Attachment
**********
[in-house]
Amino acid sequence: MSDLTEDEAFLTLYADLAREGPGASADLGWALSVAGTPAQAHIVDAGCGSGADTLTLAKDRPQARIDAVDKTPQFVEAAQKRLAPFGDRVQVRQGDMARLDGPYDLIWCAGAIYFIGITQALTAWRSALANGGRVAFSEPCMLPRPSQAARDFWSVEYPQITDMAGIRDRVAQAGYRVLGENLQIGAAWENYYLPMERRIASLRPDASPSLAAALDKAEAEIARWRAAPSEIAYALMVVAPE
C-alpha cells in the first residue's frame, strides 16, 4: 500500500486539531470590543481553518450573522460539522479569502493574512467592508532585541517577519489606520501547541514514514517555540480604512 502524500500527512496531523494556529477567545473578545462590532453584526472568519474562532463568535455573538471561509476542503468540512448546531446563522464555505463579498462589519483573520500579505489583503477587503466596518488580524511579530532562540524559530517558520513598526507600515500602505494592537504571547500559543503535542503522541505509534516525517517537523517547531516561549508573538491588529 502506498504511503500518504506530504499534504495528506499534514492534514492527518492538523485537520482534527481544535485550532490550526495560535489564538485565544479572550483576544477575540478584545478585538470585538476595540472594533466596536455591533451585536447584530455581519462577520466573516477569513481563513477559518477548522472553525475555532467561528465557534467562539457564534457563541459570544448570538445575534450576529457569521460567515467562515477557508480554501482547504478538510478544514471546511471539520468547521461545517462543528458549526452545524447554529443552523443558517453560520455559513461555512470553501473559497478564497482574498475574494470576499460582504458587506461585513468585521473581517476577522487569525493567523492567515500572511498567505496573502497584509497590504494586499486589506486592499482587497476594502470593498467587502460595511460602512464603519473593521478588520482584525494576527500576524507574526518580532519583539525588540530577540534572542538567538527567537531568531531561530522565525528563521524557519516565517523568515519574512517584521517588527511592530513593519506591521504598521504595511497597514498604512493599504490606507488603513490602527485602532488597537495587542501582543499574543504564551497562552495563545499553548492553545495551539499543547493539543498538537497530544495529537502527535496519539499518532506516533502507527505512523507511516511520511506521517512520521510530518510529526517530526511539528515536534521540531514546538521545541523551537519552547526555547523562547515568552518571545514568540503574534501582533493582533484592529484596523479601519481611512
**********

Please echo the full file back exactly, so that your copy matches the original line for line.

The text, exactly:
[in-house]
Amino acid sequence: MSDLTEDEAFLTLYADLAREGPGASADLGWALSVAGTPAQAHIVDAGCGSGADTLTLAKDRPQARIDAVDKTPQFVEAAQKRLAPFGDRVQVRQGDMARLDGPYDLIWCAGAIYFIGITQALTAWRSALANGGRVAFSEPCMLPRPSQAARDFWSVEYPQITDMAGIRDRVAQAGYRVLGENLQIGAAWENYYLPMERRIASLRPDASPSLAAALDKAEAEIARWRAAPSEIAYALMVVAPE
C-alpha cells in the first residue's frame, strides 16, 4: 500500500486539531470590543481553518450573522460539522479569502493574512467592508532585541517577519489606520501547541514514514517555540480604512 502524500500527512496531523494556529477567545473578545462590532453584526472568519474562532463568535455573538471561509476542503468540512448546531446563522464555505463579498462589519483573520500579505489583503477587503466596518488580524511579530532562540524559530517558520513598526507600515500602505494592537504571547500559543503535542503522541505509534516525517517537523517547531516561549508573538491588529 502506498504511503500518504506530504499534504495528506499534514492534514492527518492538523485537520482534527481544535485550532490550526495560535489564538485565544479572550483576544477575540478584545478585538470585538476595540472594533466596536455591533451585536447584530455581519462577520466573516477569513481563513477559518477548522472553525475555532467561528465557534467562539457564534457563541459570544448570538445575534450576529457569521460567515467562515477557508480554501482547504478538510478544514471546511471539520468547521461545517462543528458549526452545524447554529443552523443558517453560520455559513461555512470553501473559497478564497482574498475574494470576499460582504458587506461585513468585521473581517476577522487569525493567523492567515500572511498567505496573502497584509497590504494586499486589506486592499482587497476594502470593498467587502460595511460602512464603519473593521478588520482584525494576527500576524507574526518580532519583539525588540530577540534572542538567538527567537531568531531561530522565525528563521524557519516565517523568515519574512517584521517588527511592530513593519506591521504598521504595511497597514498604512493599504490606507488603513490602527485602532488597537495587542501582543499574543504564551497562552495563545499553548492553545495551539499543547493539543498538537497530544495529537502527535496519539499518532506516533502507527505512523507511516511520511506521517512520521510530518510529526517530526511539528515536534521540531514546538521545541523551537519552547526555547523562547515568552518571545514568540503574534501582533493582533484592529484596523479601519481611512